There was a time when childhood revolved around vivid colored pencils and magical books. To marketers, young children were not a primary focus. Businesses have always labeled teens as the “consumers” and “spenders,” and our generation is finally old enough to take our place in this category. But now, instead of selling fluffy pillows and model cars, marketers focus on one thing — clothes.
In high school, to some, what we wear is who we are. Brands frame our identity. It may seem stupid — most teens think what they wear doesn’t define who they really are. Well, sorry to ruin your image of teenagers in America, but status often revolves around clothing, whether you realize it or not.
Before clothing was culture and T-shirts were worshipped, teens would save up for a football or bicycle, or even a college education. Today, people work to spend. Babysitting money and waiters’ tips could easily be going toward a new pair of Converse high tops or graphic sweatshirt to add to their pile of twenty.
A BusinessInsider.com report states that almost 30 percent of teens’ money is spent on clothing, whereas the average wage earning adult spends about 2.7 percent of earnings on clothing. That’s insane.
A survey regarding teen consumer spending habits says clothing is the number one purchased item among teens, and the annual amount of money families spend on apparel amounts to $157.6 billion.
It’s one thing for families and individuals to spend all their money on clothes, but it’s another when the stores they are buying from are extremely expensive. Logically, it doesn’t make sense to buy clothing from a popular brand for more money, when similar looking clothes are available in other stores at a cheaper price.
So why do we buy expensive clothes when we can get them cheaper? Self identity. Certain brands try to create an image of the ideal person that should wear their clothing. For example, J Crew represents the preppy tribe of teens, while Urban Outfitters represents the trendy, bohemian group. Abercrombie reminds you of a skinny and popular 13-year-old girl. Nike fits the stylish yet athletic niche that America embodies. Billabong is all about surf culture. People buy certain brands because what you wear represents who you are, even though it shouldn’t.
Some believe that private school students have different opinions about brands, but an interview with a sophomore from Laurel School shows that she feels just the same as self-aware teens in Shaker. “It makes you feel good about yourself to have things that are popular,” said Elena Householder, a sophomore at Laurel.
An informal poll shows that out of 20 students, 16 chose Urban Outfitters and lululemon as their favorite places to shop. Asked what teen stores are most expensive, 19 students listed these same two stores among others.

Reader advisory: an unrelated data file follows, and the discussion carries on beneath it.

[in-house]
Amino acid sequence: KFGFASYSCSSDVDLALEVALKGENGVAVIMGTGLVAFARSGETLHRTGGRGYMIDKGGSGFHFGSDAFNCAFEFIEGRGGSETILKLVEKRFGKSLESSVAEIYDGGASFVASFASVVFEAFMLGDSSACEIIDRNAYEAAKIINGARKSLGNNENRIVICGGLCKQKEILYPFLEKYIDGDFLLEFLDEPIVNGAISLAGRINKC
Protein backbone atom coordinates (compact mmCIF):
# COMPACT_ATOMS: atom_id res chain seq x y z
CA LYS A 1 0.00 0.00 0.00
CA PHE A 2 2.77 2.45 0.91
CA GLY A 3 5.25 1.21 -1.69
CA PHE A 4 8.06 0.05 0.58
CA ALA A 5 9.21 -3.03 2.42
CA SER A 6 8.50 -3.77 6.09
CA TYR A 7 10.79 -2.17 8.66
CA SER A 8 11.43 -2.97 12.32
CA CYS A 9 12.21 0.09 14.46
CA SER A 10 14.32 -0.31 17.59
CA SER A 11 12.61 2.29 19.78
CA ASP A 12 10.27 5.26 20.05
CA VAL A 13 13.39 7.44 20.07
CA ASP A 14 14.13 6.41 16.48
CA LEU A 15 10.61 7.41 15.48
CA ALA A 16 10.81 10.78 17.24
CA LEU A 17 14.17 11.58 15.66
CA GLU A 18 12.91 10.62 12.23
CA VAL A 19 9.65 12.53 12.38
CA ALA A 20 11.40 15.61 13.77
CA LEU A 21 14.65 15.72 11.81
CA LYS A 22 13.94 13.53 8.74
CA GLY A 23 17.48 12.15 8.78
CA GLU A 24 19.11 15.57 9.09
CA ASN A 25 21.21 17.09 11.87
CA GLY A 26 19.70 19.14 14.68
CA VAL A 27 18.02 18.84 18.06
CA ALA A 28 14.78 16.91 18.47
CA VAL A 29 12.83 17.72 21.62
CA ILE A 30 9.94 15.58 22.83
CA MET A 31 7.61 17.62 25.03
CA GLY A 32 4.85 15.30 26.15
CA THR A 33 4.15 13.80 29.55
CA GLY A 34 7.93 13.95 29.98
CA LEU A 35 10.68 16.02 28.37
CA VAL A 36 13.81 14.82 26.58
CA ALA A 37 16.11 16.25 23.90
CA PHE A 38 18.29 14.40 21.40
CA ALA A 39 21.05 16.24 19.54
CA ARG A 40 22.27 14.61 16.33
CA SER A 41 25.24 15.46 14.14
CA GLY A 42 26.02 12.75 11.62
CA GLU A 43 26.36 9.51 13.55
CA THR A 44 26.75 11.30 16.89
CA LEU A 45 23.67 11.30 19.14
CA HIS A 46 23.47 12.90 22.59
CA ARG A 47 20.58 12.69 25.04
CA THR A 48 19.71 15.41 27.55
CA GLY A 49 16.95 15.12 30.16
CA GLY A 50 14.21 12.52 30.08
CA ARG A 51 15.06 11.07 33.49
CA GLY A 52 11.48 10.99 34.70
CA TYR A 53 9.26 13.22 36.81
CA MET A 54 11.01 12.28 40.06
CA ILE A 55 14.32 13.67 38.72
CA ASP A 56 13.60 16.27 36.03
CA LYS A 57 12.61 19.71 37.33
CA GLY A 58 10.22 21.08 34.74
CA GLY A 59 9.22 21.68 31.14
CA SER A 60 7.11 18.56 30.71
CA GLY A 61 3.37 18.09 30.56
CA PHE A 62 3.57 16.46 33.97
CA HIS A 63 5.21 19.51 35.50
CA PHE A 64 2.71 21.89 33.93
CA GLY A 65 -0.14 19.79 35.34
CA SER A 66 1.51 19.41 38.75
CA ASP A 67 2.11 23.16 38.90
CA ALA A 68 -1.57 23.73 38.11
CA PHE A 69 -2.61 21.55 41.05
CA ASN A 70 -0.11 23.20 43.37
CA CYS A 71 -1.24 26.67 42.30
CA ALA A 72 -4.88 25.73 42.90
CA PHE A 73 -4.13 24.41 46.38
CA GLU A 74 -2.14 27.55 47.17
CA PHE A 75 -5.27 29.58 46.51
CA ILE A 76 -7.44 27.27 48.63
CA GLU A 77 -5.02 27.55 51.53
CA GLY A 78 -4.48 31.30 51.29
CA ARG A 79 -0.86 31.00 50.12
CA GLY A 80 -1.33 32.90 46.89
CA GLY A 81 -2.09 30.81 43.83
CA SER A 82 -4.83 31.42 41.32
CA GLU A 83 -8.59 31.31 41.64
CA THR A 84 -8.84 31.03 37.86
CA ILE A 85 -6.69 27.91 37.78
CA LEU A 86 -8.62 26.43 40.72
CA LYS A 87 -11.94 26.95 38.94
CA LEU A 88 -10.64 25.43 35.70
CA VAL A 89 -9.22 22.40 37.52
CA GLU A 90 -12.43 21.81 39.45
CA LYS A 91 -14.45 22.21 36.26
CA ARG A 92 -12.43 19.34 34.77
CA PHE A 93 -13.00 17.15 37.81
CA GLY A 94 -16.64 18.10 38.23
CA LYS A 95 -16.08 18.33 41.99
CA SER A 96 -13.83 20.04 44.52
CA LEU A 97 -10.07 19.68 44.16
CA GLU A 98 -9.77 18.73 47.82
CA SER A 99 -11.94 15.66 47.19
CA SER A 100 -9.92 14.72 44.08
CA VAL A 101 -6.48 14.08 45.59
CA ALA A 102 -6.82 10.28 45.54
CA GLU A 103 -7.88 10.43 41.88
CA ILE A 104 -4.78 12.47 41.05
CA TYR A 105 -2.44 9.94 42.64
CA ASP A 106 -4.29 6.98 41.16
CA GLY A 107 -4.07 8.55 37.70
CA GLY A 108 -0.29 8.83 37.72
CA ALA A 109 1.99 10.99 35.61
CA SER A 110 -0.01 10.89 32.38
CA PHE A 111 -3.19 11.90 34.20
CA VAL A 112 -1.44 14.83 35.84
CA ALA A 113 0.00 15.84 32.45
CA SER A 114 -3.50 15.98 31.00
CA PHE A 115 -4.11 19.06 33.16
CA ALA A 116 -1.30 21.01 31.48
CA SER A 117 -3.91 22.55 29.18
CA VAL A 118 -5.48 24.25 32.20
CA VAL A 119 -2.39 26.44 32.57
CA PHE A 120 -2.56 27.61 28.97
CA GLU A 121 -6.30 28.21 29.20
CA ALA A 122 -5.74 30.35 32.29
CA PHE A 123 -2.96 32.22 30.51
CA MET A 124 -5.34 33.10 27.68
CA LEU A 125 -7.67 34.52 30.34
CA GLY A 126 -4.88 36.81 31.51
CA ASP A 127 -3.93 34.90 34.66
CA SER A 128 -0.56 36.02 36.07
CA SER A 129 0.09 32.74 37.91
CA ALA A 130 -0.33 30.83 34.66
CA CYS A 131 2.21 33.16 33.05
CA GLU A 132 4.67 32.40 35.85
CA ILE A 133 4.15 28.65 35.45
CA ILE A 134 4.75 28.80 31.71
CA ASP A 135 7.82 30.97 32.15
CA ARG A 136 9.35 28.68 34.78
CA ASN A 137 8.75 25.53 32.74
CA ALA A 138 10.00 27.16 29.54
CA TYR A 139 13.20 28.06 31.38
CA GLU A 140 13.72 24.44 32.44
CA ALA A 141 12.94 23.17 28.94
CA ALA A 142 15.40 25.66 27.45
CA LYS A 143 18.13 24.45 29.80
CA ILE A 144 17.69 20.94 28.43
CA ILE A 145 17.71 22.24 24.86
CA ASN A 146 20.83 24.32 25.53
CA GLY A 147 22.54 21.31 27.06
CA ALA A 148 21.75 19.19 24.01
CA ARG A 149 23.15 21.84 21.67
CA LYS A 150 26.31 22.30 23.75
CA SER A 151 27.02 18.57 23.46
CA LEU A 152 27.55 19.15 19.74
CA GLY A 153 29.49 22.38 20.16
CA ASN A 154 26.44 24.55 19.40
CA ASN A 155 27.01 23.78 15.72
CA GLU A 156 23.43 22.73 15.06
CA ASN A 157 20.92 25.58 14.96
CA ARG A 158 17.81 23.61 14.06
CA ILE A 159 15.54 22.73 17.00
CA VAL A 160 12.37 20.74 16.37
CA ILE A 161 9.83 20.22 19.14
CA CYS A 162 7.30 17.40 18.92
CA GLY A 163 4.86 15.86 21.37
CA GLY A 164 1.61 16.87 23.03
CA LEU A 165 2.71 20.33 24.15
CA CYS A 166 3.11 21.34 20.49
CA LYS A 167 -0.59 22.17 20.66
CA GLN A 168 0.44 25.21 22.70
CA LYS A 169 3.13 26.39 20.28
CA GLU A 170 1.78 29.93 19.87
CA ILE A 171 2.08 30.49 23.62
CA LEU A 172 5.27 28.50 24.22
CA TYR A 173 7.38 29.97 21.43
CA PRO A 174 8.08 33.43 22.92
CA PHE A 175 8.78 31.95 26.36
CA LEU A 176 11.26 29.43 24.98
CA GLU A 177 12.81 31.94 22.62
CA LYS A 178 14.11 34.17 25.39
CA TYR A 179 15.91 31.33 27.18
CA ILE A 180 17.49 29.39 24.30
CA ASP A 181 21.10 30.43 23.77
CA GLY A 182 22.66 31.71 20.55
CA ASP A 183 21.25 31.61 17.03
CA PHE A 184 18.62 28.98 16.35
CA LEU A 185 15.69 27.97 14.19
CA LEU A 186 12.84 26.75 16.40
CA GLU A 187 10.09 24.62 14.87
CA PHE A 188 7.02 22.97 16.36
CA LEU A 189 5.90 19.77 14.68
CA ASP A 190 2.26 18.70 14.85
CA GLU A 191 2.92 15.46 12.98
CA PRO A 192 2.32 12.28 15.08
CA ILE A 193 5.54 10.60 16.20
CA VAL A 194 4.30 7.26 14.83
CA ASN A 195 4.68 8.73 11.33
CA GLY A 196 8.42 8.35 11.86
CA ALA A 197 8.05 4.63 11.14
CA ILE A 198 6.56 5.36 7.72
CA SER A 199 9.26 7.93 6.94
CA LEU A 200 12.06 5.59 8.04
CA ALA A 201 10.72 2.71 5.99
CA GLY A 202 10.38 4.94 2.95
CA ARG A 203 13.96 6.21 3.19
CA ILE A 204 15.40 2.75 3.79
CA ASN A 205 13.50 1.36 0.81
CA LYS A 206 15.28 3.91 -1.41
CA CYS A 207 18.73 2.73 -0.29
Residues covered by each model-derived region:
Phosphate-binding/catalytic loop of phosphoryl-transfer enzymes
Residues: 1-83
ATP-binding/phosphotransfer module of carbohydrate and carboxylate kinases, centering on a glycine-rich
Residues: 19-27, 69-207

Shoe culture is a different story. Shoes are a staple in American culture. Somehow, an irrelevant size 8 sneaker can determine social status. Nike remains the top clothing brand for all income levels. Top footwear brands for upper-income teens are ranked; Nike, Vans, Converse, Sperry Top-Sider, Timberlands and Steve Madden. Wearing designer clothing or shoes aligns you with an elite group: those who can afford it. Teenagers have grown to be able to tell cheap clothing from expensive clothing just by glancing at garments. When you wear a Vineyard Vines shirt, you appear wealthier and of higher social status than others. And who doesn’t want others to be insanely jealous of your clothes?
“I wish I could say, ‘Brands are pointless,’ and ‘I’m not going to let a label determine my status,’ but I can’t. They do,” Householder said. Junior Shaniya Weaver explains that there’s a difference among races in terms of clothing. “Black culture is all about Jordans and what type of Nike’s guys wear, but I feel like white culture is focused less on shoes and more on spending money on preppy clothing,” she said.
There is also the pop-culture side of things. Celebrities influence their fans’ wardrobe just by walking down the street.
“If an artist you like is wearing a certain brand, you feel this obligation to be like them,” said Weaver.
The Economist published an article in which the author stated, “Designers of fancy apparel would like their customers to believe that wearing their creations lends an air of wealth, sophistication and high status. And it does—but not, perhaps, for the reason those designers might like to believe, namely their inherent creative genius. A new piece of research confirms that it is not the design itself that counts, but the label.” Brand name boosts status, and while teenagers so often wish that labels didn’t define them, unfortunately they’re wrong.